Diesel heater fuel supply from CAV filter

samfieldhouse

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Fitted my Autoterm 2D yesterday and it's running nicely - currently 22oC on board! šŸ„µ
We've taken the fuel supply from the engine CAV filter/water separator (via a stop cock), an idea mostly inspired by various posts on the subject on this forum (thanks all!:D).

Mine is tapped, like you suggest, after the filter. Have not used it much so can't say it is the right way, but is was the factory way and I see no problems with it. You'd definitely want it filtered and it would be a pain to install another filter unit just for that.

Put it on the filter but would suggest putting a stop cock in line for maintenance

I have done two installations both worked for years without problems...the other from one of the spare outlets from the CAV filter.

It would be preferable to take the feed from the CAV filter

I took the feed from the second outlet on the engine filter

My Eberspacher, professionally installed 15 years ago, is connected to a spare outlet on the primary fuel filter and there have been no problems as a result.

However, a chappy in my club is really convinced that the engine pump (Yammer 2GM) will pull fuel back from the heater fuel pipe via the filter, instead of drawing from the tank. Something about the pump's non-return valve being overcome by the suction from the engine.

I got an F in my physics GCSE, apparently it doesn't stand for 'fabulous', so I'm not really qualified on the varying degrees of pump suckiness, but my assumption is that it's easier to pull from the tank via the filter than against another pump?

Od course this is easily settled by running the engine and the heater at the same time, but I'm interested to know where this (mis?)information has come from, and if it's possible that this could cause a theoretical problem?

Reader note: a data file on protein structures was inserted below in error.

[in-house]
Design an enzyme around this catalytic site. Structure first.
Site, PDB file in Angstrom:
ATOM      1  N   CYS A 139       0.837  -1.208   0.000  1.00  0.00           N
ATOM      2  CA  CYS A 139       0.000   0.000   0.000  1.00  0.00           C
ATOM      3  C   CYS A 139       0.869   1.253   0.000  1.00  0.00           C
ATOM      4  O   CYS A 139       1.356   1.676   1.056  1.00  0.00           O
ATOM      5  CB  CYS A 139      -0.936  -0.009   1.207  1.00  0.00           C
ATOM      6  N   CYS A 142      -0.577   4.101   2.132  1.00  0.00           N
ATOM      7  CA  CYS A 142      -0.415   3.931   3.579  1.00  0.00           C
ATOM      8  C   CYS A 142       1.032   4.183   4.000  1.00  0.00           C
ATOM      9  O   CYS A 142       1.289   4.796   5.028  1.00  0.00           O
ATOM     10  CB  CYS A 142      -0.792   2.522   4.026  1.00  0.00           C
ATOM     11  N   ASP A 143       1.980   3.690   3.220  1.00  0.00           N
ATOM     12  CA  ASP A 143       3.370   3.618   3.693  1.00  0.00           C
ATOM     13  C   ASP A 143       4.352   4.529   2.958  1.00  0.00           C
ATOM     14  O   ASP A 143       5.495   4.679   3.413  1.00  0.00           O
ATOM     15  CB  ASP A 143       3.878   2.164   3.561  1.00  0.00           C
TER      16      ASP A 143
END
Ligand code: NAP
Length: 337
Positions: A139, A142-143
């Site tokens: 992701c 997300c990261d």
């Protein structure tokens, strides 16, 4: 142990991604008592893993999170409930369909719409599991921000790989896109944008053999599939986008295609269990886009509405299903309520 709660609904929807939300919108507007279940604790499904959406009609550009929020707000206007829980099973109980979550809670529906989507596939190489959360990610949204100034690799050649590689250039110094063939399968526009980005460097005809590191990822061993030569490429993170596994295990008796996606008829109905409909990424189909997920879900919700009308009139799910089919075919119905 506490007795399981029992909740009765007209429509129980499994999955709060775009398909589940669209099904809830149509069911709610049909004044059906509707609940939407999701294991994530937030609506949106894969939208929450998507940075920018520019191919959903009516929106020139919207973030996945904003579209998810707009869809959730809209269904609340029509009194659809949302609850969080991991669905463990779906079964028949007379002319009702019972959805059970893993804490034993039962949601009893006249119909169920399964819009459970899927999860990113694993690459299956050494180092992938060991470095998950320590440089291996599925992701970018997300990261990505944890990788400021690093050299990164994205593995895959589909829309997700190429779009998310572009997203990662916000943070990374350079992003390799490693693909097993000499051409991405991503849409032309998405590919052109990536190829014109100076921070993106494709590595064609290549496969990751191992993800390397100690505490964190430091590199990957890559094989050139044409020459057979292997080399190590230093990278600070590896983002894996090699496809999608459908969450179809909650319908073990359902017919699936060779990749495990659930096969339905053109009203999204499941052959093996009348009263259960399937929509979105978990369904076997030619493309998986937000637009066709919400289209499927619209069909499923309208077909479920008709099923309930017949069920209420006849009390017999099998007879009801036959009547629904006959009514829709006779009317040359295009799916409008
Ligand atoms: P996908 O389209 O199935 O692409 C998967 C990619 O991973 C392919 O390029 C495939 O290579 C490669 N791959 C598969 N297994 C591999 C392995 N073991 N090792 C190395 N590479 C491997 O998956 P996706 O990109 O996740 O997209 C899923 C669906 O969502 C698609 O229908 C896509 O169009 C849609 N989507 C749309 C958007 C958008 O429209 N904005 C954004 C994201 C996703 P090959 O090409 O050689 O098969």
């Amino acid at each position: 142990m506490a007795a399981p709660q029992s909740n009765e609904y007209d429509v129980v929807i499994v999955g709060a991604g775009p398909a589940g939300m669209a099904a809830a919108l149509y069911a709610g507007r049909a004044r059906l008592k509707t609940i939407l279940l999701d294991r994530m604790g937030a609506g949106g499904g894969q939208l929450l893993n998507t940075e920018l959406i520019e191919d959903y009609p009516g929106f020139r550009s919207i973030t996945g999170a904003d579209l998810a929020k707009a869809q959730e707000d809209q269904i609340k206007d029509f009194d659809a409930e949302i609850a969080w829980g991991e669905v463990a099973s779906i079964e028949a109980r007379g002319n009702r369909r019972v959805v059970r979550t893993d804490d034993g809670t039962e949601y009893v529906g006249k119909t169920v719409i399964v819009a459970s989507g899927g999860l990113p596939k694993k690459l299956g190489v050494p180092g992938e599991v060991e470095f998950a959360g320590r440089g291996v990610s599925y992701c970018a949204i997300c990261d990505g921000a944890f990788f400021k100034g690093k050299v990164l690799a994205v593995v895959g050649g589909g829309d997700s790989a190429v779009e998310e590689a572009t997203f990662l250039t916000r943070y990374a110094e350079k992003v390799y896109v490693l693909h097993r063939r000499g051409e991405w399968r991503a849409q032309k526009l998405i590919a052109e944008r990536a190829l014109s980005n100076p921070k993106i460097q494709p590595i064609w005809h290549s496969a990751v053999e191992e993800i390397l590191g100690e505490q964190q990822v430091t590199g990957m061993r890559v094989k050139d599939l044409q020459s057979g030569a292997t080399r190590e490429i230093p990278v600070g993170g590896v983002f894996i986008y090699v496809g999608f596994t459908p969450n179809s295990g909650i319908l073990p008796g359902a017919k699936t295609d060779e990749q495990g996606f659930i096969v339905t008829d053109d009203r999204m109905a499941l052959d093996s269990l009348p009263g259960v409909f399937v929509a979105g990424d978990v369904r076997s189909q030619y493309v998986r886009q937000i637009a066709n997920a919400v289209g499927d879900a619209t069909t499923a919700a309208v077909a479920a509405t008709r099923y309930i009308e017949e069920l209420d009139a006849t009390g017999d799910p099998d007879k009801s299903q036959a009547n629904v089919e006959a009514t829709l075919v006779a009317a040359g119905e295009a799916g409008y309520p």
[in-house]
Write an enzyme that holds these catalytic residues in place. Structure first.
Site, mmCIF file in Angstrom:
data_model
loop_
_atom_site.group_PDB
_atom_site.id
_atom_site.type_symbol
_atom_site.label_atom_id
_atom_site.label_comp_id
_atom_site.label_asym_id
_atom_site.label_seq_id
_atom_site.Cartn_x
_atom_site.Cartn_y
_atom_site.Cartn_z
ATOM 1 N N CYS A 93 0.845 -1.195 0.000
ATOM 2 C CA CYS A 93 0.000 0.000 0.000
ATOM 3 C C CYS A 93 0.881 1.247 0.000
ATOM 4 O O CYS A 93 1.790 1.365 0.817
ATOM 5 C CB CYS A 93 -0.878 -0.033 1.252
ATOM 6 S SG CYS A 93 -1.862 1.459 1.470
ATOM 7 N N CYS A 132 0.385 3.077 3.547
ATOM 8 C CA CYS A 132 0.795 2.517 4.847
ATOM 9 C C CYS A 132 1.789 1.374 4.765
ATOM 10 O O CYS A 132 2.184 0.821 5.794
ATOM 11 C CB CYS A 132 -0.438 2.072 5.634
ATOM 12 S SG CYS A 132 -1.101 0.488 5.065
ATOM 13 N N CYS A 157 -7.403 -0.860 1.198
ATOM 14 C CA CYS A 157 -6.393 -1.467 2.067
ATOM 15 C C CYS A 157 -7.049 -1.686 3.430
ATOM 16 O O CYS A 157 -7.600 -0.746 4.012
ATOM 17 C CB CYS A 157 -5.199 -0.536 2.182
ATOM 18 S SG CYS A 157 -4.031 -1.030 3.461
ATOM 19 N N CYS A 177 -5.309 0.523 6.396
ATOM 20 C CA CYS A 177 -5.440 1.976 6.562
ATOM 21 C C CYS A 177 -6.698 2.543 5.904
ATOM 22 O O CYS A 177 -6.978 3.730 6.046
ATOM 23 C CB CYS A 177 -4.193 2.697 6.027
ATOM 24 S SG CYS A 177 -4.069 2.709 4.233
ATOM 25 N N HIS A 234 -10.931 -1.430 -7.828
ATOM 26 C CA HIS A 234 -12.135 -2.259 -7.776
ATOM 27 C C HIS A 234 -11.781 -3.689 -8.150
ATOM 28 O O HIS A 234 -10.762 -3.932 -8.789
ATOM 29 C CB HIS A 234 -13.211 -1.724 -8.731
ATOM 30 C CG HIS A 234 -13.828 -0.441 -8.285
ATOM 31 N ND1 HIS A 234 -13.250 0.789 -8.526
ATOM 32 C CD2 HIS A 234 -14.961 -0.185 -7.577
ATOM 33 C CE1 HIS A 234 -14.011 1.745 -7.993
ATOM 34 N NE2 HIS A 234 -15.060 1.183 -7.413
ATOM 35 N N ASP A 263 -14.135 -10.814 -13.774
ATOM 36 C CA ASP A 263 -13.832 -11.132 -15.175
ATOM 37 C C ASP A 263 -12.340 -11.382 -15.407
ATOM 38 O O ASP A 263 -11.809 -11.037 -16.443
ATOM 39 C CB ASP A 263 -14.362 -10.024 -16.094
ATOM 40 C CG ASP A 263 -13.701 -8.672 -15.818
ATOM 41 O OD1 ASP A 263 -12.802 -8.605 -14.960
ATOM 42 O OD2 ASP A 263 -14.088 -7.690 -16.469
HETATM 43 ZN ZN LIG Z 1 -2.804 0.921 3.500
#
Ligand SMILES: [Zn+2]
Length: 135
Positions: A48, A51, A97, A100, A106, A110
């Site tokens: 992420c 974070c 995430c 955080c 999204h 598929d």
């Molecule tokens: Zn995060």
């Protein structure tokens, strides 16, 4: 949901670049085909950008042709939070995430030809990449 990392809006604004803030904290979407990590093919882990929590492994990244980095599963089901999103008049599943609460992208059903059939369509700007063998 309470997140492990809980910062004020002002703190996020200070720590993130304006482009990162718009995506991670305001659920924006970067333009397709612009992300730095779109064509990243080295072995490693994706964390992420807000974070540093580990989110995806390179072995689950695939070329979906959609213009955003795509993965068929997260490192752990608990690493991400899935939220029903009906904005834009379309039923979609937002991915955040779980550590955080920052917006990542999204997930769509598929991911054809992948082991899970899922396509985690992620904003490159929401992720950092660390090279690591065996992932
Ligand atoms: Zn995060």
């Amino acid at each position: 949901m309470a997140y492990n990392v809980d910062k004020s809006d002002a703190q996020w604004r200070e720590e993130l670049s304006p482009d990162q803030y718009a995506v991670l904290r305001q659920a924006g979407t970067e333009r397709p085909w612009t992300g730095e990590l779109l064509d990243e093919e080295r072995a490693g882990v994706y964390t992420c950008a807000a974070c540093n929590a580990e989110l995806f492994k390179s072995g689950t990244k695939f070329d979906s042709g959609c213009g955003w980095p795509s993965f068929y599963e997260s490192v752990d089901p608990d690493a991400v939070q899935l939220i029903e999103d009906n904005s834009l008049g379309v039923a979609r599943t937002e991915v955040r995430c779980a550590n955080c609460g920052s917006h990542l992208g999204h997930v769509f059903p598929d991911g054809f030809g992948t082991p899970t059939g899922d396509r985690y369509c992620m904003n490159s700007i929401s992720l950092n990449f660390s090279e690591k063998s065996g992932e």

PaulRainbow

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Fitted my Autoterm 2D yesterday and it's running nicely - currently 22oC on board! šŸ„µ
We've taken the fuel supply from the engine CAV filter/water separator (via a stop cock), an idea mostly inspired by various posts on the subject on this forum (thanks all!:D).













However, a chappy in my club is really convinced that the engine pump (Yammer 2GM) will pull fuel back from the heater fuel pipe via the filter, instead of drawing from the tank. Something about the pump's non-return valve being overcome by the suction from the engine.

I got an F in my physics GCSE, apparently it doesn't stand for 'fabulous', so I'm not really qualified on the varying degrees of pump suckiness, but my assumption is that it's easier to pull from the tank via the filter than against another pump?

Od course this is easily settled by running the engine and the heater at the same time, but I'm interested to know where this (mis?)information has come from, and if it's possible that this could cause a theoretical problem?
He's talking rubbish, simple.
 

B27

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On the other hand, both engine and heater systems are a pain in the neck if any air gets it, so keeping the two independent has some appeal to it.
A little filter for the heater is a couple of quid.
An independent take-off from the tank is the bigger problem.
Eber definitely used to recommend it though, they sold a stand-pipe which could be fitted from outside the tank IIRC?
 

Sandy

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I just ran the tube from the secondary fuel line at the tank. Risking an air leak in the line feeding the engine is one risk you don't need to take.

The rest of the world is more than happy with unfiltered fuel for this use.
 

Pye_End